Inviting private companies to voluntarily monitor, remove or otherwise decrease the visibility of undesirable content raises freedom of expression concerns (see more here on “interference by proxy”). At the same time, private companies are, strictly speaking, not directly bound by human rights instruments, and the safeguarding of rights or freedoms. An invitation to voluntarily police content also circumvents the general monitoring prohibition of Article 15 ECD, as there is no obligation to monitor, only encouragement. But how to successfully convince intermediaries to engage in voluntary measures, if it could deprive them of the immunity offered by Article 14 ECD?
The EC has entertained the idea of introducing a type of European Good Samaritan protection for some time. The idea was most prominently expressed in the 2017 Communication on Tackling Illegal Content, which referred to proactive measures as ‘so-called “Good Samaritan” actions’. The EC argued that undertaking proactive measures would not automatically lead to a loss of the liability exemption provided for in Article 14 ECD. The reason being that under Article 14 ECD, to claim immunity, hosts already have to act expeditiously when they obtain knowledge or awareness. As I have written previously, the EC’s interpretation offered only half of the Good Samaritan protection. Intermediaries in the EU would not lose the immunity if they took voluntary action resulting in the removal of unlawful or infringing content, but they would not be protected if they did not act (either as a result of a conscious decision or by omission).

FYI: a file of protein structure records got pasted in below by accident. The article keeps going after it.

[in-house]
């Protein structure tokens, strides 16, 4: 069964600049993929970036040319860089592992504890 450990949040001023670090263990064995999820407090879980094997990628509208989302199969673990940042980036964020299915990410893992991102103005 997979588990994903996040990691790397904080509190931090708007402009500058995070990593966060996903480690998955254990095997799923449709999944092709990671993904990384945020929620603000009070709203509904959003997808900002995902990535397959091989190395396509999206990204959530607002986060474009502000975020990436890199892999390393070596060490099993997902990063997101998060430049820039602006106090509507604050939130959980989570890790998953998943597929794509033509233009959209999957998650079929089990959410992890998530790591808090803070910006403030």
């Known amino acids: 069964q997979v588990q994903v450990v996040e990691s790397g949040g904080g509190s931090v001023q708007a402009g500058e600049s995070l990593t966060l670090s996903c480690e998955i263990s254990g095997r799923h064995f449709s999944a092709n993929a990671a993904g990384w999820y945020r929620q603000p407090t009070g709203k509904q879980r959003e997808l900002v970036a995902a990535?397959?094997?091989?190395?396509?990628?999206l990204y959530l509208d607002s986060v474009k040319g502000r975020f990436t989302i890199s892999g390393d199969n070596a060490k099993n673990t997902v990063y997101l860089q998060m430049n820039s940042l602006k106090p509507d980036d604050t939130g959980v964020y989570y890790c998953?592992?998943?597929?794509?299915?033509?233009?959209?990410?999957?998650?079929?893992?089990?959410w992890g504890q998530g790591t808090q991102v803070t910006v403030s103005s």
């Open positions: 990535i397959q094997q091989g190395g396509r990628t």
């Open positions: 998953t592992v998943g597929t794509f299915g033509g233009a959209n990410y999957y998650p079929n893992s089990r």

The DSA update
How do the EC’s efforts for Good Samaritan protection translate into the DSA? The Explanatory Memorandum to the DSA clarifies that the rules on intermediaries build on the ECD. The proposal reproduces the old Articles 12-15 ECD (now Articles 3, 4, 5, and 7) and provides some additional clarifications. For example, Recital 18 states that the liability exemptions should not apply when the provider, instead of providing the services neutrally, by a merely technical and automatic processing of the information provided by the recipient of the service, “plays an active role of such a kind as to give it knowledge of, or control over, that information.” That codifies earlier interpretations, as well as CJEU rulings in Google France and L’Oréal v. eBay, that providing ‘active’ services may lead to the loss of immunity if knowledge could be established. Article 6 DSA is where some might argue a Good Samaritan protection could be found. It aims to eliminate existing disincentives towards voluntary own-investigations undertaken by internet intermediaries:
“Providers of intermediary services shall not be deemed ineligible for the exemptions from liability referred to in Articles 3, 4 and 5 solely because they carry out voluntary own-initiative investigations or other activities aimed at detecting, identifying and removing, or disabling of access to, illegal content, or take the necessary measures to comply with the requirements of Union law, including those set out in this Regulation.”
In other words, voluntary measures taken by intermediaries on their own initiative should not be the sole reason for the loss of immunity. Recital 25 of the proposal explains that “the mere fact that providers undertake such activities does not lead to the unavailability of the exemptions from liability,” if those activities are undertaken “in good faith and in a diligent manner.” This applies to activities taken to comply with the requirements of EU law, including those set out in the DSA “as regards the implementation of their terms and conditions.” The latter is an interesting addition because removals on the basis of terms and conditions are easier and faster for hosts, since they award more discretion to remove content that is unwanted but not necessarily illegal. The recital adds that any such activities should not be taken into account when determining if the service is provided in a neutral manner.